Carefully guarded contract discussions between teachers and administrators in Fairfax County got under way this week and will continue through mid-December.
Although formal contract negotiations and collective bargaining are banned by Virginia law, representatives of the two groups said salary increases and working conditions are among the major topics to be discussed during the meetings.
The two groups are not bound to reach an agreement during the meetings, but both sides indicated they are optimistic about coming to some sort of consensus before recommendations are presented to the school board in December.
"I'm always optimistic and I think our requests are reasonable," said Bill Costello, president of the Fairfax Education Association (FEA), which represents about 6,400 of the 7,000 county teachers. "We went a long way last year in making the community aware of the justification of what we were asking for and I think this will be reflected in the talks."
Last year, the first time established discussions were held since the court ban in 1977, some members of the community and school officials protested what they considered unreasonable salary demands made by teachers.
"This year, we won't have as many problems convincing people that we are just as interested in the way we do the job as well as how we are compensated for doing it," Costello said. "Everyone said we would need a property tax increase to raise teachers' salaries, but it never happened."
A similar reaction was expressed by Warren Eisenhower, assistant superintendent for personnel and a member of the team representing the school system.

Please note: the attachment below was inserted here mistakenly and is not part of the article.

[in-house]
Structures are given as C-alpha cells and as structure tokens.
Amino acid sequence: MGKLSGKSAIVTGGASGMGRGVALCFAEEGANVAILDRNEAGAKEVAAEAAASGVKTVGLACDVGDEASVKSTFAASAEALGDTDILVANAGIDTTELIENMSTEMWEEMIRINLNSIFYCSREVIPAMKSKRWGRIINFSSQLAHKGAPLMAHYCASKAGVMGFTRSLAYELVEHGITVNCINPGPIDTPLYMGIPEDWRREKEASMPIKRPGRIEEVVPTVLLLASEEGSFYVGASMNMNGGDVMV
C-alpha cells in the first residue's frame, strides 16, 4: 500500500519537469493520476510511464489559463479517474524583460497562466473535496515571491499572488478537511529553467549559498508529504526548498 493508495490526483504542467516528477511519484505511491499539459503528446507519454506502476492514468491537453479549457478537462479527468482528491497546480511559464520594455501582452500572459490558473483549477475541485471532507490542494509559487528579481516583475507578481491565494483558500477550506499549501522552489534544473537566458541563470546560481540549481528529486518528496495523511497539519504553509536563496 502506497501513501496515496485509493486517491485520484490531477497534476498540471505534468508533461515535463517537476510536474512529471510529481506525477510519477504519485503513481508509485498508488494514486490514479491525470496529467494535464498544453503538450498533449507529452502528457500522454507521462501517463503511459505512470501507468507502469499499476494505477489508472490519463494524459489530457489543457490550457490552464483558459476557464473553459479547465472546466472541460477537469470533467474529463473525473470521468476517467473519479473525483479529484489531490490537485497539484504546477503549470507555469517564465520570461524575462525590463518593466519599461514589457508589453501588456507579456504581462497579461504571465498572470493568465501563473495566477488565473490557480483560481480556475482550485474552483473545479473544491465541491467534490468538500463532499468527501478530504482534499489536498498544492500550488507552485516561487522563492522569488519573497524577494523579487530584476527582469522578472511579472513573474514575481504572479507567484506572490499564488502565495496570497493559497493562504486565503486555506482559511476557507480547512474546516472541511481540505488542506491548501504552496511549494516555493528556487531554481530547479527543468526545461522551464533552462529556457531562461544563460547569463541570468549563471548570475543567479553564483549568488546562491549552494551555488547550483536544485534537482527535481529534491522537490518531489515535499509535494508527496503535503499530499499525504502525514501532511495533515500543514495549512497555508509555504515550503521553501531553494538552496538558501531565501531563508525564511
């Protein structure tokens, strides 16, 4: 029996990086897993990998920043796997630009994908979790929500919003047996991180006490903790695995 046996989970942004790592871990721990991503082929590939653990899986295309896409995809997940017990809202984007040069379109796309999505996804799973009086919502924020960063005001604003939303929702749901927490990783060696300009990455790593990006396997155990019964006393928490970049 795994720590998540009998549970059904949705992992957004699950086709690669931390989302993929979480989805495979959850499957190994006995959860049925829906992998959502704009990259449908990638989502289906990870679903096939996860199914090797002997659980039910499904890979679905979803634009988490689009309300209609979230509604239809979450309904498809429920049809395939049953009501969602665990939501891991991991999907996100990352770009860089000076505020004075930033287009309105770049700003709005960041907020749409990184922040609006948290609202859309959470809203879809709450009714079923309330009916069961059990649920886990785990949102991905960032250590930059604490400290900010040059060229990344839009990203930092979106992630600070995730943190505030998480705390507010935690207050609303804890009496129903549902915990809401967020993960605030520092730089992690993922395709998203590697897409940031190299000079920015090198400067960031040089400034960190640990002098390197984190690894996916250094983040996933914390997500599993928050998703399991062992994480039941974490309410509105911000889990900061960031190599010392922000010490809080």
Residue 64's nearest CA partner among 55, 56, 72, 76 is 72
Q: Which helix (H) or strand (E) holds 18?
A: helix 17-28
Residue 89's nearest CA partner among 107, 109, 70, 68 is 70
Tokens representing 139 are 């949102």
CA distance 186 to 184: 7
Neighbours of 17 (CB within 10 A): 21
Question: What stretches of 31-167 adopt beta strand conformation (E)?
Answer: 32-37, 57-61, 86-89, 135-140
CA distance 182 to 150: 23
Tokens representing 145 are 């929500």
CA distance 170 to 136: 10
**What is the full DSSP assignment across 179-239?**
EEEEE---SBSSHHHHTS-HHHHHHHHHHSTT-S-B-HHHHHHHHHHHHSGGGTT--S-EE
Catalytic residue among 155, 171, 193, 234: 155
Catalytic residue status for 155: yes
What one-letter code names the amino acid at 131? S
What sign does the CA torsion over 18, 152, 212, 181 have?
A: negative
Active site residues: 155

"We've been able to come to a consensus in the past, and I'm optimistic we'll able to reach an agreement again this year," Eisenhower said.
While both spokesmen were unwilling to outline details of the talks, Costello said salaries are a major concern.
"We've lost quite a lot to inflation and before we can keep up, we've got to catch up," Costello said.
Costello said teachers and school administrators have been meeting informally during the summer and have tentatively agreed on a few minor issues that do not involve economic questions. Costello said one issue was making sure teacher aides do not work as substitute teachers.
Costello said he also expects teacher representatives to discuss the amount of influence teachers should have on instructional decisions, class size, special education programs and the availability of information about vacancies within the school system.
The school administrators and FEA have set six dates through October for the meetings. The next meeting will be tomorrow. The meetings are not open to the public.